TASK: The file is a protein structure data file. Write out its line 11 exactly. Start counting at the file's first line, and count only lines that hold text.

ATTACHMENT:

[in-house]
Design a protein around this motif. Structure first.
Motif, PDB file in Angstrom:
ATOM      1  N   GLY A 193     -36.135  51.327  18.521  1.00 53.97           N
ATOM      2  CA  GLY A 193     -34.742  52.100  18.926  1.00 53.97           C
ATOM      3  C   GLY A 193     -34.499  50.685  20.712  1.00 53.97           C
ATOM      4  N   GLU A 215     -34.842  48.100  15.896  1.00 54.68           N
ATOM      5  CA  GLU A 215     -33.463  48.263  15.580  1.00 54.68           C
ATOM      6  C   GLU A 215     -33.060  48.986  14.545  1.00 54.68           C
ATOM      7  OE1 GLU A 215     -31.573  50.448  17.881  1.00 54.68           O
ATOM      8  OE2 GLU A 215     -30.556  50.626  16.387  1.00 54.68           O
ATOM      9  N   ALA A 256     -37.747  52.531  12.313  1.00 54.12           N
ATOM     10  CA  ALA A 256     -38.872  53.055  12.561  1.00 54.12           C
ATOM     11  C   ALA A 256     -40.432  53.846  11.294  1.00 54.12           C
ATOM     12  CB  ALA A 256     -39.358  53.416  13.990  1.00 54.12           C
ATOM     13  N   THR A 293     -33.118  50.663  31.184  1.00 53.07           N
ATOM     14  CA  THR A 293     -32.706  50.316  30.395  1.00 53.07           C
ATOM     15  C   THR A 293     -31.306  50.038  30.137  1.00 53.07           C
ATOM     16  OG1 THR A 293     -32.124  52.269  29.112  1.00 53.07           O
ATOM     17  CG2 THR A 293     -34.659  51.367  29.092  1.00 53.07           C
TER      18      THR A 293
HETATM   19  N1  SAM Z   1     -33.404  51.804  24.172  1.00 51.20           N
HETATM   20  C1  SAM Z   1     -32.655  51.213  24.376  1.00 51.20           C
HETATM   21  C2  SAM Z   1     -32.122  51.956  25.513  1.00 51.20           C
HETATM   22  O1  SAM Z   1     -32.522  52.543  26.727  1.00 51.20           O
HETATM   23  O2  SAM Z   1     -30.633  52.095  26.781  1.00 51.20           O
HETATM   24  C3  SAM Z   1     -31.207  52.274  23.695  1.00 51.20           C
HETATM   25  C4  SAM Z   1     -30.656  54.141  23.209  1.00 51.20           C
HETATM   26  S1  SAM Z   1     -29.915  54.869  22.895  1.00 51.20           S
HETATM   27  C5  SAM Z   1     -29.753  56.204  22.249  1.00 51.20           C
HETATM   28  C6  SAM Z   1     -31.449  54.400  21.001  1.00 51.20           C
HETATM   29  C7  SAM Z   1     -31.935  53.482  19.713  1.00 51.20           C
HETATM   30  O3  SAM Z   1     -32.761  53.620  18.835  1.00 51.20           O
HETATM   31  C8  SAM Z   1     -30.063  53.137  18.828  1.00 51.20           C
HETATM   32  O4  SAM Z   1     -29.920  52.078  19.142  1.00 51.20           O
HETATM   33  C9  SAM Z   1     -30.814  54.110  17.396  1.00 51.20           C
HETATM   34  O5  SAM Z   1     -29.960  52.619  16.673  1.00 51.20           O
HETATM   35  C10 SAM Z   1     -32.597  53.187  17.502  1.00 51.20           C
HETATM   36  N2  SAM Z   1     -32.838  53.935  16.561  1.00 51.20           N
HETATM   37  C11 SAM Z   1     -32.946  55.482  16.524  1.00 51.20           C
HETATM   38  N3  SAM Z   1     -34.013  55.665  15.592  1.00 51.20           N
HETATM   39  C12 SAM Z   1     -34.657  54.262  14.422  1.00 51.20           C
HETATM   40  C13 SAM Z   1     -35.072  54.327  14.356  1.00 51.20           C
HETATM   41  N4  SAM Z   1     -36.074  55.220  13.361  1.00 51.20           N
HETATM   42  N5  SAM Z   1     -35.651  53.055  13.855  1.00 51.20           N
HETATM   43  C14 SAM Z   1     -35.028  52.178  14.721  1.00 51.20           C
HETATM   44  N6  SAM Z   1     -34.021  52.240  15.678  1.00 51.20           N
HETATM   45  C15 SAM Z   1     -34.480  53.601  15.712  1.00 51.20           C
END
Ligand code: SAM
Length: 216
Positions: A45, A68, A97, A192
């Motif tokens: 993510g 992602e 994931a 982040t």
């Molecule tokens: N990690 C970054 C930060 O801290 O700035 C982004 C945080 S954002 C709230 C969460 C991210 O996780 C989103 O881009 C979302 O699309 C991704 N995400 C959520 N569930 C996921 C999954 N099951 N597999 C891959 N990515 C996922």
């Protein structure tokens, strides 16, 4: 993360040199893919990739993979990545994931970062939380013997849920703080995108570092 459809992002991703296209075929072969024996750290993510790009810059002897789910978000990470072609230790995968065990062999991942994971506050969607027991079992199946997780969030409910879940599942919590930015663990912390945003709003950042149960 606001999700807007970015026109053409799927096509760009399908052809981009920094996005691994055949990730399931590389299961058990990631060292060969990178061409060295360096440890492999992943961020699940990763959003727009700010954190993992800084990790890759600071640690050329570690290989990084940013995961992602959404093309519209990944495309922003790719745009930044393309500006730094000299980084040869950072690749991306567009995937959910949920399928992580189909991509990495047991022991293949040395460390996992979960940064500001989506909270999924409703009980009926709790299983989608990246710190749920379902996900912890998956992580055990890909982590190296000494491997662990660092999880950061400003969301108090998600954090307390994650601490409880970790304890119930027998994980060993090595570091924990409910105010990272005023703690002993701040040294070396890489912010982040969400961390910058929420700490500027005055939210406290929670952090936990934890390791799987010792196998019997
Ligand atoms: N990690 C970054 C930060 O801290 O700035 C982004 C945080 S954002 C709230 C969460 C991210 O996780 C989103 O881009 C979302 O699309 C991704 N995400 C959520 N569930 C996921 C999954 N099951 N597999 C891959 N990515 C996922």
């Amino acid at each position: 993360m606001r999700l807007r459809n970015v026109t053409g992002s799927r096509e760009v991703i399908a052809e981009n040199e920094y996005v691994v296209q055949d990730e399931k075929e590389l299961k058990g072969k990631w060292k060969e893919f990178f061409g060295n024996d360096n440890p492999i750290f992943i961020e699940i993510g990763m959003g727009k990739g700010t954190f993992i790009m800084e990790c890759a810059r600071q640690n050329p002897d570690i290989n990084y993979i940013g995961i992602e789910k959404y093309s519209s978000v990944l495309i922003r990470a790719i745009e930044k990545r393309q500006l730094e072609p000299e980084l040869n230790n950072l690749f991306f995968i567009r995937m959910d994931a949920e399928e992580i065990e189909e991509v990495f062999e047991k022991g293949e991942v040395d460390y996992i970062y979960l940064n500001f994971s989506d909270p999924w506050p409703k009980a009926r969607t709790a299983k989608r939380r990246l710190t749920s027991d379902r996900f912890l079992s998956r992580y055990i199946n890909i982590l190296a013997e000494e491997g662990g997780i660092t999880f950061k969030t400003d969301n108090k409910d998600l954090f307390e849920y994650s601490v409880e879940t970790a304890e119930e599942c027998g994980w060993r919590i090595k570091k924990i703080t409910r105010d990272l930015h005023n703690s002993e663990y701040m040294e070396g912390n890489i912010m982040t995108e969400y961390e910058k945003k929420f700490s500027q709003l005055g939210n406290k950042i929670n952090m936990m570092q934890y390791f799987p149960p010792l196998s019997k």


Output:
ATOM      8  OE2 GLU A 215     -30.556  50.626  16.387  1.00 54.68           O